Apple may be gearing up to build its own proprietary mobile payment system.
That’s according to a study titled “Mobile Payments — Blue Paper Revisit, EMV in Focus” from Morgan Stanley’s Research group in Europe. The study was obtained by VentureBeat exclusively.
Morgan Stanley’s PR team did not respond to requests for comment, nor did several of the researchers whose names, phone numbers, and email addresses accompanied the blue paper.
If Apple goes ahead and builds its own payment system, it would be a stroll down logic lane, according to a mobile payment executive.
“It makes sense that they would. It would give them more control. Apple has more than 400 million credit cards on file just from iTunes alone. That gives them serious position to be in this space,” said the executive who declined to be named.
And besides, the executive added, at this time, Apple “doesn’t have an infrastructure in place for physical transactions.”
Indeed, when buying products online directly through Apple’s website or at one of the hardware giant’s retail outlets, transactions go through existing bank and credit card networks, at least in the United States.
While the Morgan Stanley study primarily covered the mobile payment ecosystem as a whole, two paragraphs singled out Apple and posited that it is in an ideal position to go ahead and produce its own system. According to the Morgan Stanley researchers, who cited primarily public source information outlets and not Apple insiders:
“Recent comments by the company indicate increased likelihood that Apple will launch a mobile payments platform. CEO Tim Cook commented on the December quarter earnings call and since then in the Wall Street Journal that the company plans to launch new product and services categories in CY14. When asked directly about mobile payments on the earnings call, Cook said that customers want to purchase content using Touch ID (the fingerprint sensor) because it is simple, easy, and elegant. Currently, Apple allows users to purchase content from the iTunes and App Stores using their fingerprint but the technology is not available to third-party applications. Cook also said he saw more opportunity in this area, especially when given the demographics of Apple’s customers and the amount of commerce that goes through iOS devices versus competing platforms.”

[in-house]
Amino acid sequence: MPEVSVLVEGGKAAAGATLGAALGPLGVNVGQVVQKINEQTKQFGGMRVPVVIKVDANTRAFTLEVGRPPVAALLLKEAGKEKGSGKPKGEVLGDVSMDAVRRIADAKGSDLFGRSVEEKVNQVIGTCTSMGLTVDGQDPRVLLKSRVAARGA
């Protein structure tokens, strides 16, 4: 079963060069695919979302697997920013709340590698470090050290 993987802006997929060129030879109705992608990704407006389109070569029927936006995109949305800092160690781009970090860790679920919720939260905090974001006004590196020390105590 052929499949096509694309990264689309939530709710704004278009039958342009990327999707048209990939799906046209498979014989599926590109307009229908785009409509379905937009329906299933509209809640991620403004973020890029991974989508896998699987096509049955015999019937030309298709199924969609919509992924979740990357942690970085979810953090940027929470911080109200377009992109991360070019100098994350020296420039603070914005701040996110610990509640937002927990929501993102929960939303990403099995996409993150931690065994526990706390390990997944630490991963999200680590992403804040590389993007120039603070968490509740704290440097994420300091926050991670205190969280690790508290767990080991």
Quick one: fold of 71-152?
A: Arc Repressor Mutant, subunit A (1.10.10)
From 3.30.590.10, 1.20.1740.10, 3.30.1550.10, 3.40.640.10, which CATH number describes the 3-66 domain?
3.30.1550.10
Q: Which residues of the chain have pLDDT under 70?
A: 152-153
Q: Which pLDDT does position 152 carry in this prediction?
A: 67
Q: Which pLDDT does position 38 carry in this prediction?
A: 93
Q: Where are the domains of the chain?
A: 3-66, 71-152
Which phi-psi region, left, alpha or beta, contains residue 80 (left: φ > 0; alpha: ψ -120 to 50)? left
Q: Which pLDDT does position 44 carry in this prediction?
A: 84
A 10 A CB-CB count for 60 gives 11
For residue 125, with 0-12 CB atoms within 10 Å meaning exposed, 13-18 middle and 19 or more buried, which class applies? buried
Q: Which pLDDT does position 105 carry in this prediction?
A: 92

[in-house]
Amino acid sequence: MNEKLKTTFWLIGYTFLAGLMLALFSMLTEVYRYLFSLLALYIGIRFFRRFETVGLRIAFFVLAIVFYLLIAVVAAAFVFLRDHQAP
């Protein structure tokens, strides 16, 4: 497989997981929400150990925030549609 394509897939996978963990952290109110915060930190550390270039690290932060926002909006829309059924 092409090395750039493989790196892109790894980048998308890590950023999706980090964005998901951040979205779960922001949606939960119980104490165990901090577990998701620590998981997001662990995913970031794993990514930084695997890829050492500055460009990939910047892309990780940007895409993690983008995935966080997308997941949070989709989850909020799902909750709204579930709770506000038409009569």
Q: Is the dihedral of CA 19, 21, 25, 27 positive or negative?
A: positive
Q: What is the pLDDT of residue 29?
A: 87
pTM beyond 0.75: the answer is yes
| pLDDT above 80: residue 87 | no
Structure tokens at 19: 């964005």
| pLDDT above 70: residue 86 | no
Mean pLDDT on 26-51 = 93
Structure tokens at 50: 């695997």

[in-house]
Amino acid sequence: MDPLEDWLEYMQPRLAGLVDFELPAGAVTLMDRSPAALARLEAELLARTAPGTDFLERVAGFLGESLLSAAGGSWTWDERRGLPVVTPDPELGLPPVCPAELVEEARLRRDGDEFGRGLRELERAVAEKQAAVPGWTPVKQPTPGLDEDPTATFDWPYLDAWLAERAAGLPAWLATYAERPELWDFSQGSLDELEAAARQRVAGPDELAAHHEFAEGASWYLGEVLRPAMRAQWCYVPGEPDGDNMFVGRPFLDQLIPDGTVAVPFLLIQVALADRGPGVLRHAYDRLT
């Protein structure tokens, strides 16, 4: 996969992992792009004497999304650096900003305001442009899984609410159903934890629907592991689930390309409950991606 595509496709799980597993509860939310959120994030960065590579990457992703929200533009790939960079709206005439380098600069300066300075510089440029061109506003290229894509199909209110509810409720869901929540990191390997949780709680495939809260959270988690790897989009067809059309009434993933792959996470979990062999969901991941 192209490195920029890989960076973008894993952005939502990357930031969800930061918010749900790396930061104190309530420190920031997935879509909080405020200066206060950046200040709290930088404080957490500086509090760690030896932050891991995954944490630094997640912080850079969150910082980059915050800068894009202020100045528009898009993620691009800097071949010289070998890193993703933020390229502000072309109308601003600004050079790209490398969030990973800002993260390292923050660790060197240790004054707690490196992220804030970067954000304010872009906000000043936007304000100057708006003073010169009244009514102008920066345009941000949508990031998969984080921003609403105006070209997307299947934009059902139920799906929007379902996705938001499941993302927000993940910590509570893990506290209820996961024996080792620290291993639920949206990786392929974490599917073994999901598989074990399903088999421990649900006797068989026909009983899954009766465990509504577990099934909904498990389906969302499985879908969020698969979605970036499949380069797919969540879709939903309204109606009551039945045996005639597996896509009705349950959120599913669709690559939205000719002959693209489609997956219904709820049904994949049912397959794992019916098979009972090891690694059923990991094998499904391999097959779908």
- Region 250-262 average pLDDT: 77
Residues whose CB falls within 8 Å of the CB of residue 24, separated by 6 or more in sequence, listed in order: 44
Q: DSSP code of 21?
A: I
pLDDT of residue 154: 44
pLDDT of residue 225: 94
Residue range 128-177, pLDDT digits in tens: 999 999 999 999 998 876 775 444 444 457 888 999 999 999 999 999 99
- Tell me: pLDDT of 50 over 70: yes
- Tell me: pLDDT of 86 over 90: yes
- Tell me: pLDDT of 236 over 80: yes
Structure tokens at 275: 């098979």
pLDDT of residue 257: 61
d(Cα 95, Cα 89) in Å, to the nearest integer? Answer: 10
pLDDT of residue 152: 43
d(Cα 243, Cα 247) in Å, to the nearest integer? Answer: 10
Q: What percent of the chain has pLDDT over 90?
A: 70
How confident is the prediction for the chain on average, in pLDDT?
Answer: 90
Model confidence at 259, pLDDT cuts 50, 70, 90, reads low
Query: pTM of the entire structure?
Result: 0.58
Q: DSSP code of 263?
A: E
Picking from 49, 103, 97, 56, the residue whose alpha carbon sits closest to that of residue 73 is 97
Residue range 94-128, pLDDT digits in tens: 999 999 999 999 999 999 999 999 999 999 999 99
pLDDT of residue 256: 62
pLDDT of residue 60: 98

If Apple does build the system, it makes sense that it would have to develop a costly customer service base to help facilitate transactions — and complaints. The company could build one from scratch or use existing customer service centers in India.
What Apple likely would be reluctant to do is build out their own payment network in order to circumvent existing networks like MasterCard and Visa. That would be more expensive than building out a network of call centers. The last time this was done was in 1985 when Discover did it. And succeeded. But that was a long time ago, and much has changed.
The Morgan Stanley report also touches on the potential downsides of a company building a payment system of its own:
“Apple and others are creating an ecosystem of beacons. In recent months, we have seen trials and adoption of beacons and Bluetooth Low Energy (the 4.0 standard). This network of beacons will be essential to a simple and easy-to-use mobile payment network, in our view. In fact, there could be many applications, such as to deliver advertisements or public information, and to locate something or someone indoors. We believe Apple will unlikely launch a mobile payment system unless the supporting infrastructure is ready, based on its historical behavior, since it does not want users to have a frustrating experience with an incomplete network.”
The mobile executive put it this way:
“If you think about it, Apple is already, de facto, in the mobile payment space.”